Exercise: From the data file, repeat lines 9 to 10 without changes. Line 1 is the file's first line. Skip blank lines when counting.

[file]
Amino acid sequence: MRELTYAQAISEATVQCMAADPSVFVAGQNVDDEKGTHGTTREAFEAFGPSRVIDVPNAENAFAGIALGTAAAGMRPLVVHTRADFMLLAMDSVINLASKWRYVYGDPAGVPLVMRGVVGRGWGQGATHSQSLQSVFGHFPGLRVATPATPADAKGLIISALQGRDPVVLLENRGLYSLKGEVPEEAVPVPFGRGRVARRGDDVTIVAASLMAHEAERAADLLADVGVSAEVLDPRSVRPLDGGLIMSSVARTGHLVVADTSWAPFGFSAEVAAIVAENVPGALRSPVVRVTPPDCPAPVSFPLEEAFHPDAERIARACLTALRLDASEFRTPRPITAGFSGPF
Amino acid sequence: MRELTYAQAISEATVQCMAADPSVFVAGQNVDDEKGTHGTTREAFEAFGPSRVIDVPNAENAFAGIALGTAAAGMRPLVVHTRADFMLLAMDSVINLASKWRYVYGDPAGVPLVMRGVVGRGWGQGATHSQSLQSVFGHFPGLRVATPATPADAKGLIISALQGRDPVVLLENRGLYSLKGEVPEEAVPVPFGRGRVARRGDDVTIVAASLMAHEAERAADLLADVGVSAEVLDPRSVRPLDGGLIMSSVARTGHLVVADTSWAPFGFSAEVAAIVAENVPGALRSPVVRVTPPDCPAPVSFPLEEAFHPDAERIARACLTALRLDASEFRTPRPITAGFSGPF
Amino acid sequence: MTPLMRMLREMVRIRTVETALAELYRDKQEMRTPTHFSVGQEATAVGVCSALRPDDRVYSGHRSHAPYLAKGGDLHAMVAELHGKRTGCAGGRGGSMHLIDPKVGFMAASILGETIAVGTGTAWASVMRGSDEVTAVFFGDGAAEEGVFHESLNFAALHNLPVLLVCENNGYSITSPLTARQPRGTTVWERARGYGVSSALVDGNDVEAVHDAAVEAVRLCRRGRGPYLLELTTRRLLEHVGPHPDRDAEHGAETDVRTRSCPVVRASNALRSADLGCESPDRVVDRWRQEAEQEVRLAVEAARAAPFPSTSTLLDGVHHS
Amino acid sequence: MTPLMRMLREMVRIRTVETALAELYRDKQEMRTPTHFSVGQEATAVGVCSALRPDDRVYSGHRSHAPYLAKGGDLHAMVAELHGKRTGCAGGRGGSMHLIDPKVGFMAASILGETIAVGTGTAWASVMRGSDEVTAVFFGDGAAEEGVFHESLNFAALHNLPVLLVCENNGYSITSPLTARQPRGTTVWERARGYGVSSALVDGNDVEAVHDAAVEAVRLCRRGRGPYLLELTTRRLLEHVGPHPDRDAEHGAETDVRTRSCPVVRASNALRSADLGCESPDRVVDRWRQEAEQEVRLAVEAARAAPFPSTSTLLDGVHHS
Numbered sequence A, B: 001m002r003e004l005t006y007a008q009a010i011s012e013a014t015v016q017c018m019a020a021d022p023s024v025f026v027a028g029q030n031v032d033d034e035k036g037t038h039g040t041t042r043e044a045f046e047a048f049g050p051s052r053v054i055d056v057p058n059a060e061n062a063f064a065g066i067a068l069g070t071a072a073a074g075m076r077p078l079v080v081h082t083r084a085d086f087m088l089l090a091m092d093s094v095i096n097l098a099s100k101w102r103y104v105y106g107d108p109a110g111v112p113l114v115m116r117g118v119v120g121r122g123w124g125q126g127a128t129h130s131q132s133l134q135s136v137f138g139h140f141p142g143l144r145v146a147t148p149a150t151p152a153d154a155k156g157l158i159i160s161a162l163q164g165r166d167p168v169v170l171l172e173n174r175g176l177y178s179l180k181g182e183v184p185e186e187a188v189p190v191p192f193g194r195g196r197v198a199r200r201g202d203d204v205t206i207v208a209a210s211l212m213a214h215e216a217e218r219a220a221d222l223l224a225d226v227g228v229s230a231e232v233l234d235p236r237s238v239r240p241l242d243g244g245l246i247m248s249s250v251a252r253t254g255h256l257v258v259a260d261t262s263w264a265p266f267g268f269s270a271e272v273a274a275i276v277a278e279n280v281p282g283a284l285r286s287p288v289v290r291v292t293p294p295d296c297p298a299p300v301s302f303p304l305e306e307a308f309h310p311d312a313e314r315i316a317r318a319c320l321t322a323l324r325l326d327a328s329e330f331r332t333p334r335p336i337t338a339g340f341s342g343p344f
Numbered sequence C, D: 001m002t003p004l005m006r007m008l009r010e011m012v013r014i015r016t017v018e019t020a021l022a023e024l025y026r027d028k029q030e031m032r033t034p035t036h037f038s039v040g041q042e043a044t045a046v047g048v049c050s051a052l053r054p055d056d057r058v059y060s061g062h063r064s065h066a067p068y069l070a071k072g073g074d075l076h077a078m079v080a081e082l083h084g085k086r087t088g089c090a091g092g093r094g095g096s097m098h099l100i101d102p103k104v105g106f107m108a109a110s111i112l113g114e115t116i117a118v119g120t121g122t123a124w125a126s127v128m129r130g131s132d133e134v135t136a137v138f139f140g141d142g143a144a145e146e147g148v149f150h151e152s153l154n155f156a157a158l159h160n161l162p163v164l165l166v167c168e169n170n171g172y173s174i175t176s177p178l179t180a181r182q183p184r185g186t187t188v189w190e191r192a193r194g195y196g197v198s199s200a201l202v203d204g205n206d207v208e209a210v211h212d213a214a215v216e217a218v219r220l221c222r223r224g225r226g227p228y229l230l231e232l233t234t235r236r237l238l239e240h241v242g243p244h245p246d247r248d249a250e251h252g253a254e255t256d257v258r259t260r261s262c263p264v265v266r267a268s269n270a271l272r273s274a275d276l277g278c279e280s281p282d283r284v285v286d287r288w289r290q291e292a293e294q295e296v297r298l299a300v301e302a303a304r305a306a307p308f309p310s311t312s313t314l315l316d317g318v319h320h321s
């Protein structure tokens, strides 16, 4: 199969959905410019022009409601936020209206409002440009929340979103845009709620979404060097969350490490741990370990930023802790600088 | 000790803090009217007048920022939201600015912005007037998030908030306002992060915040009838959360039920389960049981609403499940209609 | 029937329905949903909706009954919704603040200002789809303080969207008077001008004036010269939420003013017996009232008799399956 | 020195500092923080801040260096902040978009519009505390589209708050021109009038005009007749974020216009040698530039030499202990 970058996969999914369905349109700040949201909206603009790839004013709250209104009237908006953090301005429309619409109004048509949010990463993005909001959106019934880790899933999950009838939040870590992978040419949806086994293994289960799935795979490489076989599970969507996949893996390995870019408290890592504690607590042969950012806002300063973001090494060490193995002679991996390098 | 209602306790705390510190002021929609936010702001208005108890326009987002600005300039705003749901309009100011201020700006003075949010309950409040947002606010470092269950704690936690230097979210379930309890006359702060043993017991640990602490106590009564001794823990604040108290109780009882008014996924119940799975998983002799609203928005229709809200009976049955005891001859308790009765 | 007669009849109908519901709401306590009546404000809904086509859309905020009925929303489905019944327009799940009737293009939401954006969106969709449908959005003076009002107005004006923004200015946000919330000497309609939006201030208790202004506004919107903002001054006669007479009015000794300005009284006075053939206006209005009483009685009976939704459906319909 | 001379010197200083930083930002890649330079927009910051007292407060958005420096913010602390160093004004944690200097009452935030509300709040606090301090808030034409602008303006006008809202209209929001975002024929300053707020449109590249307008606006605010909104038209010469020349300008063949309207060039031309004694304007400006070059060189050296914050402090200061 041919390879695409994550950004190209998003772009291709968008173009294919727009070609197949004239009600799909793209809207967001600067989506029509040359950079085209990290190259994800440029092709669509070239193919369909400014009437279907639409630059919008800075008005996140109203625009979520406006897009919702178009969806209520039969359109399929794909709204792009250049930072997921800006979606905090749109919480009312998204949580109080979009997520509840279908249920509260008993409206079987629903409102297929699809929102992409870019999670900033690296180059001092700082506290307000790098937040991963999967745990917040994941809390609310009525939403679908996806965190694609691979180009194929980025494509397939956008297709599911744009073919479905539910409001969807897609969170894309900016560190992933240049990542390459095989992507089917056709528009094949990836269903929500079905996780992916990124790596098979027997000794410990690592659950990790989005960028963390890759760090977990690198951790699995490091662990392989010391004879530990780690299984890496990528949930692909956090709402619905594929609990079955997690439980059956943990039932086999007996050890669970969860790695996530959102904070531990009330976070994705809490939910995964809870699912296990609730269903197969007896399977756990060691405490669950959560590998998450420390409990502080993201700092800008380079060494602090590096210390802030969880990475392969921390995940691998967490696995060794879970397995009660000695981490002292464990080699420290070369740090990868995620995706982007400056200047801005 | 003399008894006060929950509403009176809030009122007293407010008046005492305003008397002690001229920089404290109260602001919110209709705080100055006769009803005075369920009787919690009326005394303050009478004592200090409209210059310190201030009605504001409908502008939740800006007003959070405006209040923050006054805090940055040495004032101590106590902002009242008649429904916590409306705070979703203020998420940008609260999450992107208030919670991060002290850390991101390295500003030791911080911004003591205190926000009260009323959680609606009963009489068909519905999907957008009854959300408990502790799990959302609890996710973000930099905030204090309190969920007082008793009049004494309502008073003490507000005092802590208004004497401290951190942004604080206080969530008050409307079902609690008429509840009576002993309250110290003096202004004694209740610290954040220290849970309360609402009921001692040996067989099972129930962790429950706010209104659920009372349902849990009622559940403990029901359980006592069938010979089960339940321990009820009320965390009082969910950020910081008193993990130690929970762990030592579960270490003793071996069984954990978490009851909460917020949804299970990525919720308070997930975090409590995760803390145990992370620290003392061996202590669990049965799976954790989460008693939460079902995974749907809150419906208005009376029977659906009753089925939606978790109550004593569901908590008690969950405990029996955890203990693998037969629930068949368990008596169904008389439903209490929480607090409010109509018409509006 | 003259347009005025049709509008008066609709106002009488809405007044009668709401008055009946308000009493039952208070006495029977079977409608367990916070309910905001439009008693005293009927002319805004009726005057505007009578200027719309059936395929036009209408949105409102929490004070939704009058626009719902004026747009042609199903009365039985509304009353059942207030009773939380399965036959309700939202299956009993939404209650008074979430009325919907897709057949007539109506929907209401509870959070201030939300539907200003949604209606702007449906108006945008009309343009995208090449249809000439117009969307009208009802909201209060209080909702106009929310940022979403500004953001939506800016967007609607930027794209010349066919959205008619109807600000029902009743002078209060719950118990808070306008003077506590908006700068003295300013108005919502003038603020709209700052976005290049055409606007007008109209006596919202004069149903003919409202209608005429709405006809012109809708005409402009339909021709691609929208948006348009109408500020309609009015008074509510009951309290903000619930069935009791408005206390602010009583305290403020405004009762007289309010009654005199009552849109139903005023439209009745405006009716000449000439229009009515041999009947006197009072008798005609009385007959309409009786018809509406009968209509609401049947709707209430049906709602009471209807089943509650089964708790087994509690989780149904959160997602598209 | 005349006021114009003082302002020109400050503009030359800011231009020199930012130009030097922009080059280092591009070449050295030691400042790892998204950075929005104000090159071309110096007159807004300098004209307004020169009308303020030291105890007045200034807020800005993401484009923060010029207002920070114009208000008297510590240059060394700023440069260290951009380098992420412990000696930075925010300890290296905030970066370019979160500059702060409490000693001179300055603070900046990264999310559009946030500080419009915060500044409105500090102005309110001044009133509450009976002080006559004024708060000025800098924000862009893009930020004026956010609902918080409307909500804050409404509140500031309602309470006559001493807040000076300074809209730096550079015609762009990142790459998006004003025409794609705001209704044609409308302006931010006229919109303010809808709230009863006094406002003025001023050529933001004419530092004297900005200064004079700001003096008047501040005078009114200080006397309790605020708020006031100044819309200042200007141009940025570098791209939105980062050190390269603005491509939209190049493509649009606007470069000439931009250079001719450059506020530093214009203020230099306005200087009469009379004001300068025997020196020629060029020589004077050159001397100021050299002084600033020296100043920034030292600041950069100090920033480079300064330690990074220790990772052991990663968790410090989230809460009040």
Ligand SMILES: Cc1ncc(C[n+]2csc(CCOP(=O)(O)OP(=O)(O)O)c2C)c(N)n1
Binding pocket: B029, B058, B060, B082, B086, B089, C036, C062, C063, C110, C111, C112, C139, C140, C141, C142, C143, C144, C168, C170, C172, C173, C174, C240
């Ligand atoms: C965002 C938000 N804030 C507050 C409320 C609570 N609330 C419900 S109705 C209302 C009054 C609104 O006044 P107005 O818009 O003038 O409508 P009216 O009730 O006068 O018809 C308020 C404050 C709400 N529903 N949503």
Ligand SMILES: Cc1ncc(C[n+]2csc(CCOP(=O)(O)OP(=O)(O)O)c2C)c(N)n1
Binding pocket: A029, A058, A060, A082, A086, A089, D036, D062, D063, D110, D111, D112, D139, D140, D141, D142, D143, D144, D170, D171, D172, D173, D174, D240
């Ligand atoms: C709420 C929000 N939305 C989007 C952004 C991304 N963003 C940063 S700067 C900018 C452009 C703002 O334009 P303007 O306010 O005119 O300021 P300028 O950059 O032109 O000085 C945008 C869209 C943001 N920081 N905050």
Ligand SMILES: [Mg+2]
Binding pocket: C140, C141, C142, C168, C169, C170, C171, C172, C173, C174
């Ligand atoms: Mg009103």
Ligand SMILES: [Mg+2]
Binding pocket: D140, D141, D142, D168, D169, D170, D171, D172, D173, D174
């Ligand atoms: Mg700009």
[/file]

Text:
Binding pocket: B029, B058, B060, B082, B086, B089, C036, C062, C063, C110, C111, C112, C139, C140, C141, C142, C143, C144, C168, C170, C172, C173, C174, C240
């Ligand atoms: C965002 C938000 N804030 C507050 C409320 C609570 N609330 C419900 S109705 C209302 C009054 C609104 O006044 P107005 O818009 O003038 O409508 P009216 O009730 O006068 O018809 C308020 C404050 C709400 N529903 N949503």